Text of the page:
How soon could Iran make a nuclear bomb?

Experts believe that Iran could enrich enough uranium for a bomb within a few months. However, it has apparently not mastered the technology of making a nuclear warhead. In theory Iran could leave the NPT with three months notice and it would then be free to do what it wanted. However, by doing that it would signal its intentions and leave itself open to attack. If it tried to divert material for a bomb in secret and was found out, it would lay itself open to the same risk.

Mohamed ElBaradei has said that the threat of Iran developing a bomb has been "hyped."

Doesn't the Non-Aligned Movement support Iran?

The NAM, representing 120 nations, issued a statement in July 2008 supporting Iran's right to develop peaceful nuclear power. Iran said this reflected international support for its position. The statement did not directly criticise UN sanctions against Iran, though it said that any issues should be dealt within the IAEA. It also appeared to accept that there are some problems remaining when it said: "Diplomacy and dialogue through peaceful means must continue to find a comprehensive and long-term solution to the Iranian nuclear issue."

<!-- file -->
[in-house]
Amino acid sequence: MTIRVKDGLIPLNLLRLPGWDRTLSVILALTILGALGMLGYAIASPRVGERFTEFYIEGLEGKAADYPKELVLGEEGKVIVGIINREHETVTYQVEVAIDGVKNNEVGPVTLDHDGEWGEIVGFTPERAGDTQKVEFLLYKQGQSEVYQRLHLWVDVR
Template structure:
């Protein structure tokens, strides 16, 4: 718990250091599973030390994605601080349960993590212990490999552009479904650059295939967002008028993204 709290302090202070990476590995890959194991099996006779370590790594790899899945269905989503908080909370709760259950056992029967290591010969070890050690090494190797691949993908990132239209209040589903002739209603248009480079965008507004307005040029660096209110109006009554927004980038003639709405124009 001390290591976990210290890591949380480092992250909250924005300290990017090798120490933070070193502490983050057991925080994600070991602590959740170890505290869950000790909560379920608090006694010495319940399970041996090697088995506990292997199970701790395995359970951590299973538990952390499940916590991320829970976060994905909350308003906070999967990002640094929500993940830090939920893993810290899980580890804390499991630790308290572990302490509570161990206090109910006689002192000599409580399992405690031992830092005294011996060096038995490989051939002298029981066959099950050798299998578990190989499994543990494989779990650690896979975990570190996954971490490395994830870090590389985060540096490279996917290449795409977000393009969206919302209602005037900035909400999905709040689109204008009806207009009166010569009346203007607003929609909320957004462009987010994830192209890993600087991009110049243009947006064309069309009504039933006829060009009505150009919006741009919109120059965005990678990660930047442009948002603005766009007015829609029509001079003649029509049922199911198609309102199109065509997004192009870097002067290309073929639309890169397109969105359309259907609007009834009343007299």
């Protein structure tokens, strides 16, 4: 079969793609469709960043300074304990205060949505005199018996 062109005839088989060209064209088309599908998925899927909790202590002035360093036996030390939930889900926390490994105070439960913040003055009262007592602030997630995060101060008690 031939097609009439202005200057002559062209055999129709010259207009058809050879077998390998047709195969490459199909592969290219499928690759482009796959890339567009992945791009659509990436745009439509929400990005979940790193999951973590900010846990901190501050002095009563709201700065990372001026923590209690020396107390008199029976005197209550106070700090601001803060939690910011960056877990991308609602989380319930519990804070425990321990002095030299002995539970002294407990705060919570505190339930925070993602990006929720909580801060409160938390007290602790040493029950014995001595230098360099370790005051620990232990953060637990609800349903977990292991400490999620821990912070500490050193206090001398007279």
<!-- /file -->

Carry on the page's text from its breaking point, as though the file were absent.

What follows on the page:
Don't existing nuclear powers have obligations to get rid of their weapons under the NPT?

Article VI commits them to "pursue negotiations in good faith on effective measures relating to cessation of the nuclear arms race at an early date and to nuclear disarmament". The nuclear powers claim they have done this by reducing their warheads, but critics say they have not really moved towards nuclear disarmament. Critics also argue that the US and UK have broken the treaty by transferring nuclear technology from one to another. The US and UK say that this is not affected by the NPT.

Doesn't Israel have a nuclear bomb?

Yes. Israel, however, is not a party to the NPT, so is not obliged to report to it. Neither are India or Pakistan, both of which have developed nuclear weapons. North Korea has left the treaty and has announced that it has acquired a nuclear weapons capacity.